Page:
The obvious reason why he did this is because he borrowed art assets from Japanese visual novels that were designed around a 720p resolution. But considering how he put in the effort to edit and alter sprites for a sizable chunk of the cast, I don’t think it would have been that much more work for him to upscale the assets he was working with to 1080p using an AI upscaler tool. True, it would be annoying to do that for every expression, background, outfit, and sprite, but if you are going to the trouble of making and customizing assets for your own game, I don’t think this is an unreasonable amount of work. 

Actually, I know it isn’t an unreasonable amount of work. Just download Waifu2x, treat your GPU like you’re mining for crypto, and queue up all the art assets. Admittedly, it would be a pain in the ass for C.R.E.A.M. to do this now, after he already built the foundation of the game. But to all you aspiring Press-Switch-like developers out there, remember this. Remember that you can upscale anything and make your VN look fine as hell! 

Moving onto the audio, Palladium’s current soundtrack is carried over from Never and Empyrée. Meaning that it is a scattering of chill lo-fi beats with the occasional excerpt from a 90s rap song. It jives with the protagonist, informs the game’s personality, and while I would appreciate a few more tracks, I enjoyed mellowing out to the game’s score and letting it wash over me as I eased my way through it across two weekend nights. Though, I once again need to look at C.R.E.A.M. and ask, “Yo, where the Wu-Tang at?”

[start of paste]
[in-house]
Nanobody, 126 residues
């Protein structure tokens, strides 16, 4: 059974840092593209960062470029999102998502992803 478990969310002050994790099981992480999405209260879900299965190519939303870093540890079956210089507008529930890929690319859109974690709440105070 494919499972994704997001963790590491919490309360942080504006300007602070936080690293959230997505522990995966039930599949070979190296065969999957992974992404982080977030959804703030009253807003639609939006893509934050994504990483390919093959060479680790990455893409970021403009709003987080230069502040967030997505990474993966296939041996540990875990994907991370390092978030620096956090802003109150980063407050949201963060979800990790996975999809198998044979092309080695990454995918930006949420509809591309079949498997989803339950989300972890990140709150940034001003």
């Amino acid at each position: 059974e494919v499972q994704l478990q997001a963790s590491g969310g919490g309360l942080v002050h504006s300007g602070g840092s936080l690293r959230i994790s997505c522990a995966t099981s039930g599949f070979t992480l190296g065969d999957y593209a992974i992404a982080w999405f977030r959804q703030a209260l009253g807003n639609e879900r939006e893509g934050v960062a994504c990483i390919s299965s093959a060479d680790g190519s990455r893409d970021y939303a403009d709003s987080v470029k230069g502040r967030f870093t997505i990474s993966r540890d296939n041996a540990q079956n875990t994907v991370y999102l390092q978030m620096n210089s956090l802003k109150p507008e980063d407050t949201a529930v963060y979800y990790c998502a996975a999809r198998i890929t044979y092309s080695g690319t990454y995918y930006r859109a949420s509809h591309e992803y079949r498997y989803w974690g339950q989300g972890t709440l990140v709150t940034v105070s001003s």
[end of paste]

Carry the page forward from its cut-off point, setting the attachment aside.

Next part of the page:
When your pen name is a reference to a Wu-Tang track, you really owe it to yourself to include a little bit of Wu-Tang in whatever it is that you do. Just look up some lo-fi Wu-Tang remixes with minimal lyrics— I know they’re out there— or just use the instrumentals from a Wu-Tang album. It can be one of their studio albums, it can be a solo album by one of their members— anything to get more Wu-Tang up in this ish.

Also, pro-tip, don’t reference songs when making a freeware visual novel. Actually use the song. I don’t necessarily think that Pas l’temps pour les regrets by Lunatic is the best song for a scene where a guy in a girl’s body is taking a bubble bath, but if that’s your vision, make it so! Manifest your dreams into reality!

Tangents aside, I think Palladium sets a great foundation for its creator to build upon, while offering a complete and enjoyable experience. It’s definitely rough, more akin to raw ore than anything cleaned or refined, but even if the game’s life ended with this first release… I’d still recommend it. Its characters are enjoyable, it tells a standard body swap story well, and through a mixture of a clunky yet soulful script and lo-fi beats, the game manages to capture a unique tone and vibe that… I honestly can’t get enough of.